We've all been there, trying to read someone else's code, sometimes poorly undocumented and we don't understand what they mean? You could message the publisher for clarification but then there is a great amount of back and forth between line numbers told through a message and code. That's what Calzone is for. We provide a great way for publishers and viewers of code to interact with one another by providing an interface for comments. Either can leave comments or reply to them if signed in. This is also great for languages such as JSON where commenting within that file isn't as feasible.

What it does

Calzone is an intelligent overlay and messaging service that is built on top of VS Code. We have extended some of the existing features of Visual Studio code and implemented many of our own as well. Calzone generates and syncs metadata for messaging using completely isolated services, guaranteeing this extra feature will not clutter your codebase.

How I built it

Was assigned tasks by my teammates after quickly learning JavaScript from online tutorials.

Challenges I ran into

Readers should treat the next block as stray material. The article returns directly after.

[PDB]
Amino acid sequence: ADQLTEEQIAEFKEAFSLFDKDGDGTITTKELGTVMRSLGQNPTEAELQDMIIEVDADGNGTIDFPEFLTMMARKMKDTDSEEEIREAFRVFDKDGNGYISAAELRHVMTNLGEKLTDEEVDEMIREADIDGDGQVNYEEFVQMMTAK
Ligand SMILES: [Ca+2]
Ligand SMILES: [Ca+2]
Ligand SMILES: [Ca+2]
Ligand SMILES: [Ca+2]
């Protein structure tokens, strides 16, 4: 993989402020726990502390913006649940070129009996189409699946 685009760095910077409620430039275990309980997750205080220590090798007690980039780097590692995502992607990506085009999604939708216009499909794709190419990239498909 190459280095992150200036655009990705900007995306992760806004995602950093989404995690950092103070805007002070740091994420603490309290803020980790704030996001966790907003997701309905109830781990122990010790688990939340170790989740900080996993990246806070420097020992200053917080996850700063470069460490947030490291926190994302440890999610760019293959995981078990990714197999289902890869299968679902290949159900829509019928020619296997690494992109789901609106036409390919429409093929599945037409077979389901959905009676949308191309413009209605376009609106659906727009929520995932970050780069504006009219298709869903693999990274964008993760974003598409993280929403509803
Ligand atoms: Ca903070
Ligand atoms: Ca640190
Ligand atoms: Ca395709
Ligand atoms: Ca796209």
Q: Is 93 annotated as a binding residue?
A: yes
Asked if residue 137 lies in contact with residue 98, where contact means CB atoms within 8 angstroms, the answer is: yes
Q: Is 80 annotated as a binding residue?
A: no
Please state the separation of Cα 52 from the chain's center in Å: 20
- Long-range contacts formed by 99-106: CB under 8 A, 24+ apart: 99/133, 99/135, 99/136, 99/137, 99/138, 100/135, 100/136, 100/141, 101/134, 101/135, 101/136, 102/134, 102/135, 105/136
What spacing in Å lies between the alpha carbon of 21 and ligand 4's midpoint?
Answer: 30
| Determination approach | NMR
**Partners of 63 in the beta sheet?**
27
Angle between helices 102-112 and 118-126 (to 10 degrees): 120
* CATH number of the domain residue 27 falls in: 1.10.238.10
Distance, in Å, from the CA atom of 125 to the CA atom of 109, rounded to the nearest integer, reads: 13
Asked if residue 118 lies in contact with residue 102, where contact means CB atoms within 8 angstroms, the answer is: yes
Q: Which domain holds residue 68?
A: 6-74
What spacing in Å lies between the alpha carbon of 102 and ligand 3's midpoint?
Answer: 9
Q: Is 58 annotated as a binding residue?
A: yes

No one at the hackathon had prior experience with writing Visual Studio Code extensions so although we could ask around for general advice and debugging, we needed to do all of our own research and decision making. Visual Studio Code was also difficult to work with due to built in protocols preventing a lot of the customization we wanted to add.

Visual Studio Code, in its current form, restricts much of the networking and UI components necessary to build a rich user experience, so it required some ingenuity to accomplish our goal.

Accomplishments that I'm proud of

Learned basics of Javascript, HTML, and JSON within this hackathon Applied previous knowledge in Python and AppJar to make a UI that prompts the user for comment information (was not used due to exec issues between extension.js and

What I learned

You've gotta run fast with your ideas!

What's next for Calzone

Who knows? I think that this tool is important for developers of all degrees of experience. I think that features similar to this could have great educational application, and also strong application to the software community.

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